Mr. Wąłesa’s calls for Polish-German unity exceed his previous support for closer European solidarity. At the forefront of his country's campaign to remove itself from the Soviet communist bloc, the former dockyard electrician later supported Poland's membership of the EU in 2004. He has since advocated ever-closer ties between European states, even saying that he would one day, perhaps, be “president of a United States of Europe”.

“At the moment, different ways of doing things and different systems hold us back but gradually everything will align and states will become like Lego blocks,” he said in the Itar-Tass interview.

Well, many people doubted the reunification of Germany and stranger things have happened. The two countries have weathered the economic crisis better than the other EU countries with Poland being the only EU member not to have a year with negative GDP. 

Tuesday, September 24, 2013

Repatriating Polish gold

Poles want their gold back from the vaults of the Bank of England where it has been held since the outbreak of the second world war, when it was smuggled through Eastern Europe and on to Britain in order to keep it safe from Nazi invaders.

Poland joins a growing list of countries wanting their gold back in their homelands. The list also includes Ireland, Switzerland, Belgium, the Netherlands and Germany which recently agreed to a 7 year shipment schedule (probably because their gold is not in the Federal vault in NYC ready to send, but rather leased out).

The reasons for the repatriation of gold are many. Some countries are looking to have greater symbolic control over their own economies, while some are, like many investors, thinking of gold as a hedge on exchange rates if the world economy takes an unusual turn.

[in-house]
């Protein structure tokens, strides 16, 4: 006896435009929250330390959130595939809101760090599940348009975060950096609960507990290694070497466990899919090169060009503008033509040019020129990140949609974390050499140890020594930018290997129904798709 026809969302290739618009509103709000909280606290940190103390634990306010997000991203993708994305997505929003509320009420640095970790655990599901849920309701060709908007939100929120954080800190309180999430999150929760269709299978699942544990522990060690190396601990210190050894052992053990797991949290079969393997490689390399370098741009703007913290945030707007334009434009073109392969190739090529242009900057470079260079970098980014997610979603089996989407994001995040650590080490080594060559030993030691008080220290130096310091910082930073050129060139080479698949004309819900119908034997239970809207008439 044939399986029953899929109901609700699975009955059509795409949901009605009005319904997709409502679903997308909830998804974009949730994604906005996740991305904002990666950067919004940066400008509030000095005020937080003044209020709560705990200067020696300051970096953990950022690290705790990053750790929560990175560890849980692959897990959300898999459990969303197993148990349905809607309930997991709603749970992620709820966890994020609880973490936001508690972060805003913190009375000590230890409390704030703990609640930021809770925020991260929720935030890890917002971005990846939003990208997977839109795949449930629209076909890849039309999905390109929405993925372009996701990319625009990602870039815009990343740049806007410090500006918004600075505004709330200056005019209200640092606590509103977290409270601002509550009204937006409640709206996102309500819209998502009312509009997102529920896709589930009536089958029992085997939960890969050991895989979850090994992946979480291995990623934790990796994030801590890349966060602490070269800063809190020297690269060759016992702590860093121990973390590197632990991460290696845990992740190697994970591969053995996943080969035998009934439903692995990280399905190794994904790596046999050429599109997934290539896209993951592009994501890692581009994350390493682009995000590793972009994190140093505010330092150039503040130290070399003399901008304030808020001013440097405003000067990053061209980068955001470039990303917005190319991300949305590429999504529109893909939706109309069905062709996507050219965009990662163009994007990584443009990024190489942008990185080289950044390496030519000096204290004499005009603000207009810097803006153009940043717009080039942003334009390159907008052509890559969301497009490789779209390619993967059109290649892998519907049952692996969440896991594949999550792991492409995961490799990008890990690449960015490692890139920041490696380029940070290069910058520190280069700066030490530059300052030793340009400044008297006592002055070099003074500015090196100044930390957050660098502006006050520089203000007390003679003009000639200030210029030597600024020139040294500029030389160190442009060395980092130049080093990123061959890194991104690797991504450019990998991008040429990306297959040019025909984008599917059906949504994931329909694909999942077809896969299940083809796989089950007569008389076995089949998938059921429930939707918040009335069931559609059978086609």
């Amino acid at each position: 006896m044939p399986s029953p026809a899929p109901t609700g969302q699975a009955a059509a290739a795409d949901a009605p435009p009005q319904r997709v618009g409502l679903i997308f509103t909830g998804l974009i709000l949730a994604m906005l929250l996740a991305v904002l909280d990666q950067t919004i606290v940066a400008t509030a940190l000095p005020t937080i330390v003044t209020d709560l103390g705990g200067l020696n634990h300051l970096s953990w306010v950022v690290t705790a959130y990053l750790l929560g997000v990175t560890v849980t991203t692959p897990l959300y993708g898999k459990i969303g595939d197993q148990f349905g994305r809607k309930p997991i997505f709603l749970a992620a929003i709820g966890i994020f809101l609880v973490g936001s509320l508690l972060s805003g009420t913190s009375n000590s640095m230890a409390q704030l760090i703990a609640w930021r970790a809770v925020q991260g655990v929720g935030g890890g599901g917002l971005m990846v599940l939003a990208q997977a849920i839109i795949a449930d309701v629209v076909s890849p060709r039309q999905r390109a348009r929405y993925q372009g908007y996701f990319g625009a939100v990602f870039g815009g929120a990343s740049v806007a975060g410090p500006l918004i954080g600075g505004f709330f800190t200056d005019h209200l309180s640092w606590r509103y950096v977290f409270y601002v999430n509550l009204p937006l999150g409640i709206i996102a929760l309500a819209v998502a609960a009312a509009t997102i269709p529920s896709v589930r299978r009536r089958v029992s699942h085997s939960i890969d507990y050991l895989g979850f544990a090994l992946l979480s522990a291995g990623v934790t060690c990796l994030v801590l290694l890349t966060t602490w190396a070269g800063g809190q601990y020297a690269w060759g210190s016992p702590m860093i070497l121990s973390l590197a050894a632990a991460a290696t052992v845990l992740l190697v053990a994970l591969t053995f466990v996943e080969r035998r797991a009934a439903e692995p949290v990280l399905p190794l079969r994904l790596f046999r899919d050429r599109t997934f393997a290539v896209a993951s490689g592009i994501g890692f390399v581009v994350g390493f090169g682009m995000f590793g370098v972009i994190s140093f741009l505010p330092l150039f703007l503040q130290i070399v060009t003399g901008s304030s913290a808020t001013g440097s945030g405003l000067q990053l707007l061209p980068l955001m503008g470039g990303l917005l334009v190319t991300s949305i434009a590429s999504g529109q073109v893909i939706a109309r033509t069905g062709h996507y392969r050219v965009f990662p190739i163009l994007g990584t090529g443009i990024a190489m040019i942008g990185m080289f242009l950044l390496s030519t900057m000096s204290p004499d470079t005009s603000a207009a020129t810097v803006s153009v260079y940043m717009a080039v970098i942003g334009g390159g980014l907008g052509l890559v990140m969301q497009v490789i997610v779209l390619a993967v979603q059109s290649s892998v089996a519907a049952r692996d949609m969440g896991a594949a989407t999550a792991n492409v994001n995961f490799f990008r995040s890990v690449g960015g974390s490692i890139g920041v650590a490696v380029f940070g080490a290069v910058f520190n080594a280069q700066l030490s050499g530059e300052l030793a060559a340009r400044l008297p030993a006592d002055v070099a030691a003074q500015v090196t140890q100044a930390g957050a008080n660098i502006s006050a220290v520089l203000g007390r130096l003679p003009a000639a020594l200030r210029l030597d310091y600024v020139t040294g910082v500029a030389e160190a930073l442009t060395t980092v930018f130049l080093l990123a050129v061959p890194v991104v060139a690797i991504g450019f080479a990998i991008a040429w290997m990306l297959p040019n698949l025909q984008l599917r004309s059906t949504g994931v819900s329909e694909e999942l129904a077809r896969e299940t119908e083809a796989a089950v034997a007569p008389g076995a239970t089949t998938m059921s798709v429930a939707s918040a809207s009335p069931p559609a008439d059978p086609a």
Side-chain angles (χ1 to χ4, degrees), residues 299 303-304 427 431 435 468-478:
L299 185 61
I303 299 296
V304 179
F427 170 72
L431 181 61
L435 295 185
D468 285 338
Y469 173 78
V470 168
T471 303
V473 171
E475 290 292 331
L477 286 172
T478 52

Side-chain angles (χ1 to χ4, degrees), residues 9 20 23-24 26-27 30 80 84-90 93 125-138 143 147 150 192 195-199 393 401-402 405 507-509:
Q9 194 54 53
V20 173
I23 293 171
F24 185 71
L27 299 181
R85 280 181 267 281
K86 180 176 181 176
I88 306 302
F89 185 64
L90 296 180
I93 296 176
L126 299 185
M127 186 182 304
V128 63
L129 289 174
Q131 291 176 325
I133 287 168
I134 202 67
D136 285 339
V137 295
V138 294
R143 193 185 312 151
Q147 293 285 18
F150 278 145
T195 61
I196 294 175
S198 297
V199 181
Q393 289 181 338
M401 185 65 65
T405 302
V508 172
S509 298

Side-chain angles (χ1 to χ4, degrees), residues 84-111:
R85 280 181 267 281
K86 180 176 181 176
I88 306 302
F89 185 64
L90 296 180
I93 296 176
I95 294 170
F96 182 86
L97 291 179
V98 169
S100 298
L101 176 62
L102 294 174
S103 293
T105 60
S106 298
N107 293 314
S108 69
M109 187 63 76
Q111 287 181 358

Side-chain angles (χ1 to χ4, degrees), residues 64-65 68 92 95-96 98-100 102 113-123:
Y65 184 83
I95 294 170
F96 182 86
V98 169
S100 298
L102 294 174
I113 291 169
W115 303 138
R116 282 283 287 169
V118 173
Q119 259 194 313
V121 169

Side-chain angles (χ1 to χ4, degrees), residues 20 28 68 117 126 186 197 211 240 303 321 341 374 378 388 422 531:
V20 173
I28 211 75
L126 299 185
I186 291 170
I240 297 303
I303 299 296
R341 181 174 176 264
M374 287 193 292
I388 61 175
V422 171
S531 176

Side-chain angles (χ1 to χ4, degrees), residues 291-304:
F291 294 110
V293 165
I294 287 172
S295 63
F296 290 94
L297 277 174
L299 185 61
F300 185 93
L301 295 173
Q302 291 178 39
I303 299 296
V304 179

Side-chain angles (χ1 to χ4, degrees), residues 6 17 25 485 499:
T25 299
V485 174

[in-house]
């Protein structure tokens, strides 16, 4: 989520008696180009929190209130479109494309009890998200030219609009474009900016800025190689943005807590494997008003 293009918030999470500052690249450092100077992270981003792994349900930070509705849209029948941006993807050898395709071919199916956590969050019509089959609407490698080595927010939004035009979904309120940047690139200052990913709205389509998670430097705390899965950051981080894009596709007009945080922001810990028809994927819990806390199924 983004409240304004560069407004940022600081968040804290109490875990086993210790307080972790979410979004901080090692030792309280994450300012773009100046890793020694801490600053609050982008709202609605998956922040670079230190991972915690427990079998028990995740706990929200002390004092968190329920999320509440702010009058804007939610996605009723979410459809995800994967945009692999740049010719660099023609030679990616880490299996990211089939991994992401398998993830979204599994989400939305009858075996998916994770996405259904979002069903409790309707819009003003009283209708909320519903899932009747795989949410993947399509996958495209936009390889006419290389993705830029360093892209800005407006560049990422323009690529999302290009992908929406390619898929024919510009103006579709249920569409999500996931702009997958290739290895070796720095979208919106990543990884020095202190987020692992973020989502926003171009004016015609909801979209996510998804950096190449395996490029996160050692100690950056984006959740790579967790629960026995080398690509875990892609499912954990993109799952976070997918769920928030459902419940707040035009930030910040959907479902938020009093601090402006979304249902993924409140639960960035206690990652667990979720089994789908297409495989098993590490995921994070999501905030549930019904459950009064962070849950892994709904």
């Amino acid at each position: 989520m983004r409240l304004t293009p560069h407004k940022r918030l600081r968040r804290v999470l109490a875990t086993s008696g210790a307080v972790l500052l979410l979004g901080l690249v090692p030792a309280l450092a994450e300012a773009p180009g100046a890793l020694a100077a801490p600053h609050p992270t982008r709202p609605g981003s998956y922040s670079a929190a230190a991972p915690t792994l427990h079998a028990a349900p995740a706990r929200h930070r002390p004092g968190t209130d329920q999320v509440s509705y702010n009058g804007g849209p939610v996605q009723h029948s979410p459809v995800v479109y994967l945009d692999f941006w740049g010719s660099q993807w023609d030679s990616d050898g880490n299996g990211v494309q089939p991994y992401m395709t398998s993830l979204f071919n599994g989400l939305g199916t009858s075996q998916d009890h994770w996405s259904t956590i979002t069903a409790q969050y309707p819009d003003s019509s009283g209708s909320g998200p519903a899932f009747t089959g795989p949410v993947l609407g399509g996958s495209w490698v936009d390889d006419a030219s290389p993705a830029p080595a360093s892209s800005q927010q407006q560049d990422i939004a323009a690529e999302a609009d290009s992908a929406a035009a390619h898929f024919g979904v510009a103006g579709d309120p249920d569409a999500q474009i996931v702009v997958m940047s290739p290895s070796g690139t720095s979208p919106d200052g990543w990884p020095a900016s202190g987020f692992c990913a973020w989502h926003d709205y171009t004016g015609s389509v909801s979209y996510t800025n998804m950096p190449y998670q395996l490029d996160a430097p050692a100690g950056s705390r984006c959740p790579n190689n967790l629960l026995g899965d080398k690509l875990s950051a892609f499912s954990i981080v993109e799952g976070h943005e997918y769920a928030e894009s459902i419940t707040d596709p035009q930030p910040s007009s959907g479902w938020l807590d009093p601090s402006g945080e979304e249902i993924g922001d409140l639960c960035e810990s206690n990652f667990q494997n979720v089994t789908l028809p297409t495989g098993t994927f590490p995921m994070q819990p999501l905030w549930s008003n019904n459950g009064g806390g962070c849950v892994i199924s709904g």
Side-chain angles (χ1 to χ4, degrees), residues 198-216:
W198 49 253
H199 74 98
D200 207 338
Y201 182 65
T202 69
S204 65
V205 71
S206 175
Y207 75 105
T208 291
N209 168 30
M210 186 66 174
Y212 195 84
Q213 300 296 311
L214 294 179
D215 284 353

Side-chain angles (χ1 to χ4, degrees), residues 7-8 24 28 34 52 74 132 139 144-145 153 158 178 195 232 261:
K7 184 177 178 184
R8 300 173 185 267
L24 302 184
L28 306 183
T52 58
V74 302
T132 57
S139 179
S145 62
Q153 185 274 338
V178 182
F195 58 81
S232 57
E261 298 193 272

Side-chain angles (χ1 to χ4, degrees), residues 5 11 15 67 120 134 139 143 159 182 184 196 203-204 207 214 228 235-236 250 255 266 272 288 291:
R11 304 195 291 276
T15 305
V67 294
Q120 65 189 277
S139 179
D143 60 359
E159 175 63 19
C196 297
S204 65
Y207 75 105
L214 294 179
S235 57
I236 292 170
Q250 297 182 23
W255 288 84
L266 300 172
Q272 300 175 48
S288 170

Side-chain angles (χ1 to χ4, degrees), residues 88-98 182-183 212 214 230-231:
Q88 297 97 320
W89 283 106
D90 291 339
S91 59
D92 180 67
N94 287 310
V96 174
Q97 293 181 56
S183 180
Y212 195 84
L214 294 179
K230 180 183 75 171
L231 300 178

One of the most consistent, albeit usually unofficial, reasons for repatriation is the belief that the Bank of England and other big banks do not have the gold in their vaults that they say they have on paper. If that conjecture was proven, it could lead to even more problems for monetary security in Europe.

Gold was used as currency—or as a base for currency—across the Western world until the 1930s. Several European countries moved off of the system in the wake of the Great Depression, but the idea of gold as the base of currency has not disappeared just yet. People all over the world assume that gold represents a back-up to the currency of their country.

What an empty Vault looks like

Saturday, September 21, 2013

Germans are moving to Poland to do business

The BBC explores the attraction Poland has for major German companies and smaller entrepreneurs from Germany. Focusing especially on Poznan the report explains the reasons Poland is so popular for business investments. Germans are surprised how modern Poland is and how ripe the markets are for investing. Most Germans have never been to Poland and still have problems clouding their perception of Poland after the fall of Communism. Perhaps that's because the former GDR (East Germany) even after reunification is doing rather poorly.

Read the story here

Thursday, September 19, 2013

Government robbery

Brute Force of Government
Beware Americans
Government robbery: private retirement funds seized by Polish government led by Civic Platform Party's Donald Tusk who is Prime Minister.

The government is calling the Soviet-style seizure a "pension overhaul". Retiring workers will be losing about half of what they were socking away.

Have you got a clue why Law & Justice (Conservative) Party is winning the political polls?

See the whole story from Forbes here